"I don't think America will have really made it until we have our own salad dressing. Until then we're stuck behind the French, Italians, Russians and Caesarians."--Pat McNelis

Moving From Clay County to Laurel County Recipe

  Tried it? Rate this Recipe:
 

 

This recipe for Moving From Clay County to Laurel County, by , is from Cooking With The Cousins, one of the cookbooks created at FamilyCookbookProject.com. We help families or individuals create heirloom cookbook treasures.

Contributor:  
Contributor:  
Georgia Mae Bundy Heightchew
Added: Wednesday, September 17, 2008

Category:
Category:

Ingredients:  
Ingredients:  
I needed to lighten my load

Directions:
Directions:
Our family moved from Clay County to Laurel County in 1943. I was born June 1, 1943, the fourteenth in a family of sixteen. (Twin daughters, Martha and Rosa, died at the age of six months from whooping cough. Two sons were stillborn.) In December of 1943, when the family was preparing to move, I became gravely ill with spinal meningitis. Vernon told of taking Mom and me down the mountain, riding mules. At the foot of the hill we met Lacy Abner who took us to Manchester to Dr. Turner. Vernon said he wanted to go with us but Mom insisted he take the mules back home. Dr. Turner said my only hope was a new drug just developed and not available in Manchester. Dad traveled by bus to Richmond to get penicillin. I was soon recovering. Dr. Turner kept Mom and me for a time under quarantine, at his own house. After Christmas we were sent to Grandmother and Grandfather Philpot's for a time.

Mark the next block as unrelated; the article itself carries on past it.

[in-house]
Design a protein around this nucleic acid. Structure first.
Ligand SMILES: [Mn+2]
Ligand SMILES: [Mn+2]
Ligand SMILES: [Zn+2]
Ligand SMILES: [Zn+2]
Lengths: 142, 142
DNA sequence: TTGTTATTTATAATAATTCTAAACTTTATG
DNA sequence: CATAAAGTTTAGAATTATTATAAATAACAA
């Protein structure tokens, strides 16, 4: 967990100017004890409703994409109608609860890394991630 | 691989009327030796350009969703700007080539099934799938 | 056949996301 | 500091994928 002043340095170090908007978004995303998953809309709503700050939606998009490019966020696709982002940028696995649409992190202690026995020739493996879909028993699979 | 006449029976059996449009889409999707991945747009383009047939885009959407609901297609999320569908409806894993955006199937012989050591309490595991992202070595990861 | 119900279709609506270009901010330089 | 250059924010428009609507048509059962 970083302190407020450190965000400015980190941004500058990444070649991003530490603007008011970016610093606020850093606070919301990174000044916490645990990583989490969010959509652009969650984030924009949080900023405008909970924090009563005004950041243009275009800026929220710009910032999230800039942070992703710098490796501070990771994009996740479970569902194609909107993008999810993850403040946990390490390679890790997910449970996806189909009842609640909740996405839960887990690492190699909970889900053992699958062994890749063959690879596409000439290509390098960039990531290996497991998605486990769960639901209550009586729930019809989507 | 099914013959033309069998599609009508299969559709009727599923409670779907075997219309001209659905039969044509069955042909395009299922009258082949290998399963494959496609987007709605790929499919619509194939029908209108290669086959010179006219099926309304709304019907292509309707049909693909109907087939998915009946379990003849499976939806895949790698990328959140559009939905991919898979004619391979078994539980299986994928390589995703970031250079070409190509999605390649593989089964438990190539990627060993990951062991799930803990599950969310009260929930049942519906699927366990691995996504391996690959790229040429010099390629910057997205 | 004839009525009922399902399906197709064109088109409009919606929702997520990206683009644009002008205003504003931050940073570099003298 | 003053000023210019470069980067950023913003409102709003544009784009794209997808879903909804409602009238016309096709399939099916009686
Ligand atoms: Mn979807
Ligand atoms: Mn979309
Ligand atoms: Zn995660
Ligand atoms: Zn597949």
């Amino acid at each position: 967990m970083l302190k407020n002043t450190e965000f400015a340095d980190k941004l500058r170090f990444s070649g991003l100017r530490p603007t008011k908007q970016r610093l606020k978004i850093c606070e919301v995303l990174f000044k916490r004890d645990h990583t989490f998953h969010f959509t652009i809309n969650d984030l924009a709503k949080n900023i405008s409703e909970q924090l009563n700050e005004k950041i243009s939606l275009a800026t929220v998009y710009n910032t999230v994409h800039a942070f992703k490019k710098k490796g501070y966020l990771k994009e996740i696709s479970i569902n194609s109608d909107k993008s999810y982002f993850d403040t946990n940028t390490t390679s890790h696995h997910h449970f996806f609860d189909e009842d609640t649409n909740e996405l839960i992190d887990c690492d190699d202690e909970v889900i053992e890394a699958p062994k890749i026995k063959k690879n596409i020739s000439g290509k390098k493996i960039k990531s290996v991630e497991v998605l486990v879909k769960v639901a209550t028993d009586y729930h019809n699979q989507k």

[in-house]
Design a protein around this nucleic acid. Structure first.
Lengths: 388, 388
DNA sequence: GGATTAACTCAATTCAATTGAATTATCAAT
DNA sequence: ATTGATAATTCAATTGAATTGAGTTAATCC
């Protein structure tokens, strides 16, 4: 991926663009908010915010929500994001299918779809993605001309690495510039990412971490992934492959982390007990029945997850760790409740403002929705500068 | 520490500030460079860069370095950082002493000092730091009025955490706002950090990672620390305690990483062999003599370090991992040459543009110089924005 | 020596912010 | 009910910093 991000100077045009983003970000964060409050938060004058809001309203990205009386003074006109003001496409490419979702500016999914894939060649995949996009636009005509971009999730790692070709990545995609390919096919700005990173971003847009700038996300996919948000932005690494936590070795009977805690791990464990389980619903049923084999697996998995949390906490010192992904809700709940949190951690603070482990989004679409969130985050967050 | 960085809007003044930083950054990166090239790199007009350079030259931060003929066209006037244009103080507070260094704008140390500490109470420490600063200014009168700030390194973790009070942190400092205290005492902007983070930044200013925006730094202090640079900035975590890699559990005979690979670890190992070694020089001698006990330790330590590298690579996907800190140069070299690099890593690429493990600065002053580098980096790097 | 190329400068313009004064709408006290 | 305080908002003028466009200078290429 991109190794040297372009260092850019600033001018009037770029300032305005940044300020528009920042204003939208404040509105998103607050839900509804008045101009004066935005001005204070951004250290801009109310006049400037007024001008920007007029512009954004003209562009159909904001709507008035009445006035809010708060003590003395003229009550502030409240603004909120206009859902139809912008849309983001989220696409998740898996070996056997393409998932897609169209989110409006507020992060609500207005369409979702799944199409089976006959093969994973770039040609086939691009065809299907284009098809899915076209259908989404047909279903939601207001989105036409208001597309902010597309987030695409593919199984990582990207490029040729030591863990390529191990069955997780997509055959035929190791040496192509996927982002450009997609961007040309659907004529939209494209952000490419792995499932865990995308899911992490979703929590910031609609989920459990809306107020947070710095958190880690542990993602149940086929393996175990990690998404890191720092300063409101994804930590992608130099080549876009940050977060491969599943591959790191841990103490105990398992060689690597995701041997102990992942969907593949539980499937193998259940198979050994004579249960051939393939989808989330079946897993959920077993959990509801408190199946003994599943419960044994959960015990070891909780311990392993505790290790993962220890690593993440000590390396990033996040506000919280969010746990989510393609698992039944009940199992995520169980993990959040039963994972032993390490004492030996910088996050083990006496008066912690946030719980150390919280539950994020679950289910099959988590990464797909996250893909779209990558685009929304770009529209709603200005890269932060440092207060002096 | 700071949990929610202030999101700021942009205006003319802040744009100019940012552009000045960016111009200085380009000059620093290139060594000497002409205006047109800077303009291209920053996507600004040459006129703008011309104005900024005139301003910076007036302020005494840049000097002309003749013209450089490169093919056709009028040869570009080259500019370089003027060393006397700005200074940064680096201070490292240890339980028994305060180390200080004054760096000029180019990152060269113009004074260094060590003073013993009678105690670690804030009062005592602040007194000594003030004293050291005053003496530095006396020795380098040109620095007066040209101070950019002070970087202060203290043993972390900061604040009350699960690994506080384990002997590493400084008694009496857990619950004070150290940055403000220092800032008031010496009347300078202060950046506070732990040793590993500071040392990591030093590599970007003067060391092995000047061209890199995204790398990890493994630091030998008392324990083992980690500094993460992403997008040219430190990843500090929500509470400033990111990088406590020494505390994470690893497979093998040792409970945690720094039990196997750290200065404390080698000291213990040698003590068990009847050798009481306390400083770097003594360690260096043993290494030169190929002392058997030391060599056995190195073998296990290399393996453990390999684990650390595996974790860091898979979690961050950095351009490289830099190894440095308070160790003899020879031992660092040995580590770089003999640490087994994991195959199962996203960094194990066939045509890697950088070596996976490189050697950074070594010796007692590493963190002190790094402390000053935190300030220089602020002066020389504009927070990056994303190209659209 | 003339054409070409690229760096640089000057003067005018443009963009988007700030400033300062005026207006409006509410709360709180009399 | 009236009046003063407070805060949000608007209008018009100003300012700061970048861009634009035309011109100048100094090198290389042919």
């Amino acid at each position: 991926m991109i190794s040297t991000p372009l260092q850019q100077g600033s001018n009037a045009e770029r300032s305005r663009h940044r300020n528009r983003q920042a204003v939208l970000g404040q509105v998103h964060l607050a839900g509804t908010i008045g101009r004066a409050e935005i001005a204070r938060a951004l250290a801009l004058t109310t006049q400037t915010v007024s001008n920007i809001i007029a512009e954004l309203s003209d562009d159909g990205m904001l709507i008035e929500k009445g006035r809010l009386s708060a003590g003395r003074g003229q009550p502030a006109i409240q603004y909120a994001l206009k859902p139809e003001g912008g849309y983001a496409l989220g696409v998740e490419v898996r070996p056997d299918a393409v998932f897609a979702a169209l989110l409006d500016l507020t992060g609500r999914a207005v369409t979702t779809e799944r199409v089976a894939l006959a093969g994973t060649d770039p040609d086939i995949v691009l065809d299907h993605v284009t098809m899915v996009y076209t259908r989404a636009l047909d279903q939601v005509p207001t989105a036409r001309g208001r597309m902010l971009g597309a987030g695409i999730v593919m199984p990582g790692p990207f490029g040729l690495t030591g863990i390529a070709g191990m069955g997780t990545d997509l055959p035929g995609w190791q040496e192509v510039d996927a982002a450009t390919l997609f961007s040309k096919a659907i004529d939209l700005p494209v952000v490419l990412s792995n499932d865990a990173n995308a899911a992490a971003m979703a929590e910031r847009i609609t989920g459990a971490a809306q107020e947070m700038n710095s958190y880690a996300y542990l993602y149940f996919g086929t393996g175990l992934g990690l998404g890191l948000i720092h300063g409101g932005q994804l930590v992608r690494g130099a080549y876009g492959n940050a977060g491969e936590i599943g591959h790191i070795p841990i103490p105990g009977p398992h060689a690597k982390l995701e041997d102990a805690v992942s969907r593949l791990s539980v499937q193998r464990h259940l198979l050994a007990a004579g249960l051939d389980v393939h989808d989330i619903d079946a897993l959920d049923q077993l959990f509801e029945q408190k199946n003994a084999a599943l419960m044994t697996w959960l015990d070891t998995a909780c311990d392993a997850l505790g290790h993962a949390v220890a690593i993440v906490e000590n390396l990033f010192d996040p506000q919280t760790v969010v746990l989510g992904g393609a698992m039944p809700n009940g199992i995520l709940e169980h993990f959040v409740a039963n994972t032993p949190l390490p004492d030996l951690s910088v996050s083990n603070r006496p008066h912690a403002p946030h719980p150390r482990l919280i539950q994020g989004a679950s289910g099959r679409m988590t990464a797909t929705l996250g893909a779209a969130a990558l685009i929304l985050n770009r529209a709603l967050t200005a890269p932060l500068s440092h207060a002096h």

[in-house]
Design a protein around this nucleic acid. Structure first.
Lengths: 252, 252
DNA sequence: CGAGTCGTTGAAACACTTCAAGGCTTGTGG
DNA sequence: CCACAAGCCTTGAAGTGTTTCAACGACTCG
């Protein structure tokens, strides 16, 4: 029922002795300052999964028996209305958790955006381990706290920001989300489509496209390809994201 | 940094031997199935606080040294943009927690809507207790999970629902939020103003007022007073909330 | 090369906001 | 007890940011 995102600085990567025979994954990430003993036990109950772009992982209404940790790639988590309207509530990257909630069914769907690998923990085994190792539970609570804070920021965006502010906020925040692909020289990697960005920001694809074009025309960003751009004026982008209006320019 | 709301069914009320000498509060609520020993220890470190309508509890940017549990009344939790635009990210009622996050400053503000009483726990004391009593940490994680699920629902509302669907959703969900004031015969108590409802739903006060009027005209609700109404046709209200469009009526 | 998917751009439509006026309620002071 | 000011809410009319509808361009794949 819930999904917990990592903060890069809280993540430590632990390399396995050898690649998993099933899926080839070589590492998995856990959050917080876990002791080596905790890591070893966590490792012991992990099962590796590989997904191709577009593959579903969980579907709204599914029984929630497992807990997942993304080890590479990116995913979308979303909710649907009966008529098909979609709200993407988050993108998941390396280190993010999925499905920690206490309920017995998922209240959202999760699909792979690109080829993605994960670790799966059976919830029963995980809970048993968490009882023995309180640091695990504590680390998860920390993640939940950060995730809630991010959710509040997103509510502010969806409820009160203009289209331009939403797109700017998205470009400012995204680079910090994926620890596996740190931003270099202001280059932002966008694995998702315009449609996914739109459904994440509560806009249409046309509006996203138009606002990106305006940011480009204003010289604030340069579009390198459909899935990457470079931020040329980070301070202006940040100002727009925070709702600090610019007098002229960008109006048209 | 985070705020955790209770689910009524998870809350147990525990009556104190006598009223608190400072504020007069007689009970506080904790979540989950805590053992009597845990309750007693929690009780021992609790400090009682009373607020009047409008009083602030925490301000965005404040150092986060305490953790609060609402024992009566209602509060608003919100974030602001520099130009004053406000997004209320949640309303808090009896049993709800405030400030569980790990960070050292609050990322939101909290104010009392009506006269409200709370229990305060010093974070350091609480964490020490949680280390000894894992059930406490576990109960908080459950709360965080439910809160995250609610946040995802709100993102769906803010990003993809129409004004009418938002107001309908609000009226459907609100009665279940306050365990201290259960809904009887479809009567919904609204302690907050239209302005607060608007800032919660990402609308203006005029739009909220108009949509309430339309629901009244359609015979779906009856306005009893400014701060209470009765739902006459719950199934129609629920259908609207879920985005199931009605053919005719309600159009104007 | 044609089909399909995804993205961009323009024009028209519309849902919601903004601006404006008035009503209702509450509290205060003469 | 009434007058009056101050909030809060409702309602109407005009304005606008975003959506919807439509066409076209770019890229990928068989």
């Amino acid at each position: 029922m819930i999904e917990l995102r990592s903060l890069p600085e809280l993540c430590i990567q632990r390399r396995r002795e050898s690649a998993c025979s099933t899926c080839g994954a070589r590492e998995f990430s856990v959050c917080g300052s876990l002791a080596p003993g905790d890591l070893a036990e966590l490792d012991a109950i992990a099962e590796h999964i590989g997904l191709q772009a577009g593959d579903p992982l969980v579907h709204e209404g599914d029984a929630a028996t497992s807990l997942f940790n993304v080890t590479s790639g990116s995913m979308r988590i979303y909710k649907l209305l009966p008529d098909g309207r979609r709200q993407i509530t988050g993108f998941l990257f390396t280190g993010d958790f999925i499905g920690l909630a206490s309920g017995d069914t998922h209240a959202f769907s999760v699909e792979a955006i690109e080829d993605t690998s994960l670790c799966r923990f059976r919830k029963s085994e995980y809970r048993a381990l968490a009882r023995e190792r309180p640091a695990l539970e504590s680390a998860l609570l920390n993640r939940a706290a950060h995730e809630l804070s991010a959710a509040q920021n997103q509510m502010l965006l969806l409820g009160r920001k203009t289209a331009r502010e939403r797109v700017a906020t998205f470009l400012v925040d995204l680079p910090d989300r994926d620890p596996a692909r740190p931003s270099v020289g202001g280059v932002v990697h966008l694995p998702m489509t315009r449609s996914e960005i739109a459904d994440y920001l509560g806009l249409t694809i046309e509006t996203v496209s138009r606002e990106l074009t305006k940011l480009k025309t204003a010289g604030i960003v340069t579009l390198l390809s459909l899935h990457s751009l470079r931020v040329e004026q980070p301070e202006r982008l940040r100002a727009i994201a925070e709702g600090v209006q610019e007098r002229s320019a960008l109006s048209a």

I learned last year that Ellis had meningitis while in the navy aboard a ship. Penicillin became widely used during the war for sick and wounded soldiers. Perhaps Orus (wounded in action), Otis (wounded in action), Ellis and I were all helped by the discovery of penicillin. Only when the need was so great during World War II was Sir Alexander Fleming's discovery funded and approved for volume production.

Otis told about moving to Laurel County. He left Clay County hauling Dad's sow and pigs. He hauled them in a horse wagon with the swine enclosed in a wooden crate. When Dad met him in Laurel County, he only had the old sow named Frona. Dad asked about the pigs. Otis gave him a check and told him he had sold them on the way and said "I needed to lighten my load." Otis and Vernon drove the cattle (on foot) from Clay County to Laurel County. Otis said it took them about a day to herd them to Laurel County.

 

 

 

Learn more about the process to create a cookbook -- or
Start your own personal family cookbook right now!  Here's to good eating!

Search for more great recipes here from over 500,000 in our family cookbooks!

 

Bookmark and Share

 

 

278W  

Cookbooks are great for Holiday Gifts, Wedding Gifts, Bridal Shower ideas and Family Reunions!

*Recipes and photos entered into the Family Cookbook Project are provided by the submitting contributors. All rights are retained by the contributor. Please contact us if you believe copyright violations have occurred.


Search for more great recipes here from over 500,000 in our family cookbooks!